These essays were submitted by the workshop participants describing what they are currently doing to support geoscience student success in two-year colleges. You can download all the essays (Acrobat (PDF) 2.1MB Jul5 13) as a single PDF file.


Results 1 - 10 of 37 matches

In-Class Group Exercises in Introductory Geology
Fred Marton, Bergen Community College
One of the key challenges that I face in my introductory geology class is trying to show students who are not necessarily interested in science (and who sometimes do not have a good background in science and math) that the basic concepts we are trying to learn about are not overly complicated or specialized. To address this, I have used in-class group exercises and worksheets to introduce many topics. I want the students to use these exercises as a way of teaching themselves and therefore they are not asked to answer questions on topics that we have already spent time on (unless they have actually done the assigned reading). Instead, I present simplified scenarios or analogies that they can figure out by themselves and then I go on to explain and we explore how they are analogous to the topic of interest.

Preparing Our Workforce Initiative: Preparing Students at 2-Year Colleges for Geoscience Careers
Heather Houlton, Colorado School of Mines
Over the past year, I have developed a program called the "Preparing Our Workforce (POW) Initiative", which teaches students about the many different types of career opportunities that are available in the geosciences. I piloted the program by facilitating in depth and interactive discussions with geoscience students at 7 different institutions, including a 2-year college. The presentation emphasized the importance of integrating students' interests, within and outside of geoscience, and their transferable skills to their geoscience career goals, which led to an increased awareness of the diversity of careers in the geoscience workforce. Additionally, I presented pertinent information about geoscience workforce trends, such as enrollments, supply and demand data and salaries of geoscientists. Lastly, I discussed best practices for networking and how to land a job or internship in our field.

Supporting Geoscience Education at the University of Wisconsin-Richland
Norlene Emerson, University of Wisconsin-Platteville
As I reflect on the goals that I have to support student success in geoscience courses, my thoughts first turn toward strategies I use to connect with each student as an individual learner. Since our students each have different skills, prior knowledge, capabilities, and reasons for being in school, I seek ways to provide content in visual, tactile, and audio means so that each student can connect to the material in the form that best suits their learning styles in order to optimize their learning. While content is important, the process of learning is just as important in an educational experience. Today's students are bombarded with information through social media, television, and print media often with sensationalized information concerning the Earth and the environment. Students need to develop their skills to assess critically what they hear and read especially concerning world issues such as mineral and energy resources, climate change, or mitigating natural disasters.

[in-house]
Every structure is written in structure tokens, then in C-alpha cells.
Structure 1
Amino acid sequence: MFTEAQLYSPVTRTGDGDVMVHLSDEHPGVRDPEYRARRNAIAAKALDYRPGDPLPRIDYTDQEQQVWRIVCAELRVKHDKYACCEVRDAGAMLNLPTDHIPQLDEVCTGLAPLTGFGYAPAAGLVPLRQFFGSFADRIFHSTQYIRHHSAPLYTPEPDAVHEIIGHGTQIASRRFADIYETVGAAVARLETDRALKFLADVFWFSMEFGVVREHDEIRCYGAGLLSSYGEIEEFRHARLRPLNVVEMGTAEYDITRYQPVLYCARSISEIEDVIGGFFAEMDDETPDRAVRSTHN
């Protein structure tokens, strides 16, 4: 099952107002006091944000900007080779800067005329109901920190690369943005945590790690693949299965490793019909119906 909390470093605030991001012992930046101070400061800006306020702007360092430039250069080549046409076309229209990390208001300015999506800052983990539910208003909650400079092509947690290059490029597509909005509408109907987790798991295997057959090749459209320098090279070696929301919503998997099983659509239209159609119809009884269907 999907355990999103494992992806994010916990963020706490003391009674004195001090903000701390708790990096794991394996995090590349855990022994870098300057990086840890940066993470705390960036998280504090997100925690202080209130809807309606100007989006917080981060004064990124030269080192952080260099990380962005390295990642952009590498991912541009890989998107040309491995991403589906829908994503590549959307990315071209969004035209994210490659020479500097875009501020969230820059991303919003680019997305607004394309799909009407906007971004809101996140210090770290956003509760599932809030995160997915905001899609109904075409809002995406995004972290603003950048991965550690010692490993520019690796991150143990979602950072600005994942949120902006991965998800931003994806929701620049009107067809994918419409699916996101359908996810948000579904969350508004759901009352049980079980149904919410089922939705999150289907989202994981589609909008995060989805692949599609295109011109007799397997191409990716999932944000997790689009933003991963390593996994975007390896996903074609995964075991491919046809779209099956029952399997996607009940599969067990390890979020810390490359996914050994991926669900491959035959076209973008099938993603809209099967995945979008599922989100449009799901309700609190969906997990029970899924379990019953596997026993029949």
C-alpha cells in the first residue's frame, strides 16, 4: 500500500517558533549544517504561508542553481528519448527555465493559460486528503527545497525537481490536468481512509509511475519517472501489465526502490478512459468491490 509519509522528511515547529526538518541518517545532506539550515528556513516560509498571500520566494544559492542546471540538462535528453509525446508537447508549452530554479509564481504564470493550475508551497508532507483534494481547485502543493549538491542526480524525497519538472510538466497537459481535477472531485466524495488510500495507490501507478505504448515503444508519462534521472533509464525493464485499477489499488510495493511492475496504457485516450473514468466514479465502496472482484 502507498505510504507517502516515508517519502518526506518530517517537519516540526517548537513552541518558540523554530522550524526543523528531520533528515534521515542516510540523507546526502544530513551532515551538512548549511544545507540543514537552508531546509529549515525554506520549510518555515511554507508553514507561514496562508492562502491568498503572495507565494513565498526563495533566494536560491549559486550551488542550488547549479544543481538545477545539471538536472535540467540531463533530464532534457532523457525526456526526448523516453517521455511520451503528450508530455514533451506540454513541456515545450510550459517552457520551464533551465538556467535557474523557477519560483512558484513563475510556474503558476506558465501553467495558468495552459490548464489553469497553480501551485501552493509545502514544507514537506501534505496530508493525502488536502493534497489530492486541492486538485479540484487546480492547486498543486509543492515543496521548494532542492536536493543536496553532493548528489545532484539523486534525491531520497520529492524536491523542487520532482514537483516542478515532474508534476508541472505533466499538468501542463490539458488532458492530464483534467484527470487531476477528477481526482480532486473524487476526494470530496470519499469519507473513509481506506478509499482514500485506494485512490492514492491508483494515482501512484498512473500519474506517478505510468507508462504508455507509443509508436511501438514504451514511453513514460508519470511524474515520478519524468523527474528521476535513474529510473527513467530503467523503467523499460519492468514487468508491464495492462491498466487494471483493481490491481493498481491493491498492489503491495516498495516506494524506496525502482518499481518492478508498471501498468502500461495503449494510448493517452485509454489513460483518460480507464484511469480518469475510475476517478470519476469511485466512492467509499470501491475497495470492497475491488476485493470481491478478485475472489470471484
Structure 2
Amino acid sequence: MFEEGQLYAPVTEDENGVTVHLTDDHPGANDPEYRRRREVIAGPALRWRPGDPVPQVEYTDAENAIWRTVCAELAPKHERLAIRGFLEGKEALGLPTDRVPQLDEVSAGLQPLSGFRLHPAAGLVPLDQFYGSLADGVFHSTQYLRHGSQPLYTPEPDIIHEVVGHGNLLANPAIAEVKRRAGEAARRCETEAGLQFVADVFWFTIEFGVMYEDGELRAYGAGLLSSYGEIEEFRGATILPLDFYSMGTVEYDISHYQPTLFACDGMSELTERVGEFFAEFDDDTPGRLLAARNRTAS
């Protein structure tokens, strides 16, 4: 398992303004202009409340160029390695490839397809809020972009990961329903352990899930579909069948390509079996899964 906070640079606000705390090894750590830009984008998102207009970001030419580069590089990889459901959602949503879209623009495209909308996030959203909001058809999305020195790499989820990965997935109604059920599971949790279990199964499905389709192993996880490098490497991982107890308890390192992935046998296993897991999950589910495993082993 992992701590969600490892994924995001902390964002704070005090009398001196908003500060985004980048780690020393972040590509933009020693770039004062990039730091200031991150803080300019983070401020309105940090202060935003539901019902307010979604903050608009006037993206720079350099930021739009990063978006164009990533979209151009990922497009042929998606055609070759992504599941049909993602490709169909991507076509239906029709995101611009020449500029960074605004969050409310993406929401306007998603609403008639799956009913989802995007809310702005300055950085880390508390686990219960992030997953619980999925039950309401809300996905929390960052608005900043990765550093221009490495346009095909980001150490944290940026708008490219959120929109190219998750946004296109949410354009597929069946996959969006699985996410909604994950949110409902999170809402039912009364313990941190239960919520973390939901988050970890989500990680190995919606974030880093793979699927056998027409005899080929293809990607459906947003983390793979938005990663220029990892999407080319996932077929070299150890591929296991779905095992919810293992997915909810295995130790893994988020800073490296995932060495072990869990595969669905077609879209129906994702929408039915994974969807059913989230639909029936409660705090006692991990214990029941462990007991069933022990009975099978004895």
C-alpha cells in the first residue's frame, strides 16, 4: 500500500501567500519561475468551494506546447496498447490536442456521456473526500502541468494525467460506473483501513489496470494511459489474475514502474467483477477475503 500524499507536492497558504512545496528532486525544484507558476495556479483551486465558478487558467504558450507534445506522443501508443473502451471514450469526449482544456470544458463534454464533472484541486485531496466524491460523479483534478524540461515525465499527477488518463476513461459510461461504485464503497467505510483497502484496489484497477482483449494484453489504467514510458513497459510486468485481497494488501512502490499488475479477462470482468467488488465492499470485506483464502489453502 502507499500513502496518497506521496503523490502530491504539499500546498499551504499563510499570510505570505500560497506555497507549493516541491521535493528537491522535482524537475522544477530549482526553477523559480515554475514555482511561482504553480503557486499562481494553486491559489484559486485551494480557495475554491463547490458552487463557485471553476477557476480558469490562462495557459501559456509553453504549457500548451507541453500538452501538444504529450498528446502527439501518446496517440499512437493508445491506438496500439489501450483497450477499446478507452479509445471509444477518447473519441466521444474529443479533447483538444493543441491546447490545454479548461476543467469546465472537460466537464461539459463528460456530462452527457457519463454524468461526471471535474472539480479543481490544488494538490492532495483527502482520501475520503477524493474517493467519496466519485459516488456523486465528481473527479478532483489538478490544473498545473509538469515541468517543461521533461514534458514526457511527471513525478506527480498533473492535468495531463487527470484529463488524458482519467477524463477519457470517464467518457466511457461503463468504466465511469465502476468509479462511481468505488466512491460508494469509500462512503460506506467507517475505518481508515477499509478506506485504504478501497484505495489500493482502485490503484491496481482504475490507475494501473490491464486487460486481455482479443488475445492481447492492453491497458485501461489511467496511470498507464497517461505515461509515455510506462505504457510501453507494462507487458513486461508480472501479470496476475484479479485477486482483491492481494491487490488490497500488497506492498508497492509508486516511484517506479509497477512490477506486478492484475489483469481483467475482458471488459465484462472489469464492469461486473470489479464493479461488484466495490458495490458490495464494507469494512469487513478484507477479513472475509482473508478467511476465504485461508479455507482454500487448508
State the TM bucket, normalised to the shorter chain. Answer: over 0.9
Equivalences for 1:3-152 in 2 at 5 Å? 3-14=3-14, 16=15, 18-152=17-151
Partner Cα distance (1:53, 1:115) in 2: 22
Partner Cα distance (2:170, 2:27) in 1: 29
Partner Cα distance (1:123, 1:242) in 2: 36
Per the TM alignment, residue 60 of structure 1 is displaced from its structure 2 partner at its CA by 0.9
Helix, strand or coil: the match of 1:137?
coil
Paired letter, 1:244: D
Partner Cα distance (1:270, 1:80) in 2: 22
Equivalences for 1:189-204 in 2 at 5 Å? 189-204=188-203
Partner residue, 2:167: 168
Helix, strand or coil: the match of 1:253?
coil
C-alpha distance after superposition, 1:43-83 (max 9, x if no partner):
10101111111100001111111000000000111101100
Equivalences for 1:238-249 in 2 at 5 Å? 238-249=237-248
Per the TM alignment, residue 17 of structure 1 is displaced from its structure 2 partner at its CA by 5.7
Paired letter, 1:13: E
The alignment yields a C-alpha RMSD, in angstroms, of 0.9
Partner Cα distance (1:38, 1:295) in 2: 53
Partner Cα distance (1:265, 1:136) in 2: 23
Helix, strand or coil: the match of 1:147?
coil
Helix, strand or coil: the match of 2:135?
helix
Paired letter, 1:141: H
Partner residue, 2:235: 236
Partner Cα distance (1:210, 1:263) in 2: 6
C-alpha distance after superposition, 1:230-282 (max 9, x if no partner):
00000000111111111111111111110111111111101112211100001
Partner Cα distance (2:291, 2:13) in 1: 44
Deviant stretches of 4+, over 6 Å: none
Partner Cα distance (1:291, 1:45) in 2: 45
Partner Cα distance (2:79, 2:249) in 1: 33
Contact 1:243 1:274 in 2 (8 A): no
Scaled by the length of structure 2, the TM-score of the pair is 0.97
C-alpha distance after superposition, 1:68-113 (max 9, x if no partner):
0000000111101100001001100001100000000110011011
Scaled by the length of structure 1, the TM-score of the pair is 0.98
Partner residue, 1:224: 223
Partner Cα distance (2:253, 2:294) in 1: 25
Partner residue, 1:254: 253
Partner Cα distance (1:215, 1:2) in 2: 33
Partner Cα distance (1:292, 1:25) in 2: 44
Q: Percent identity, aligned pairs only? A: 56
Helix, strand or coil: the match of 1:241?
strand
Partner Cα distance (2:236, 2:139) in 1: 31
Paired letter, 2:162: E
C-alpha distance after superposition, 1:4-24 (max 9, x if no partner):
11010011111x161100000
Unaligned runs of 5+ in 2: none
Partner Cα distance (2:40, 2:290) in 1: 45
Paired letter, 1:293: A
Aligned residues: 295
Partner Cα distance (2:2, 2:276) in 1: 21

Local Rock Outcrop Project in Physical Geology & Historical Geology
Susan Conrad, Dutchess Community College
One way I get Physical Geology & Historical Geology students in my mid-Hudson Valley community college to apply new concepts is by giving them the option of studying a local rock outcrop for their final project. The process is really a mini-independent study as students apply what they learn in class about minerals, rocks, maps, geologic processes, and plate tectonics to "their" outcrop. I visit many of the students at their outcrops. Students can also share their own videos and photos of their site visits with me. The geology of most of the outcrops has not been recently described or interpreted in the geologic literature, or even in local hiking guidebooks, in any meaningful way, so students really must make their own observations and interpret them in order to unravel the geologic history of their outcrop.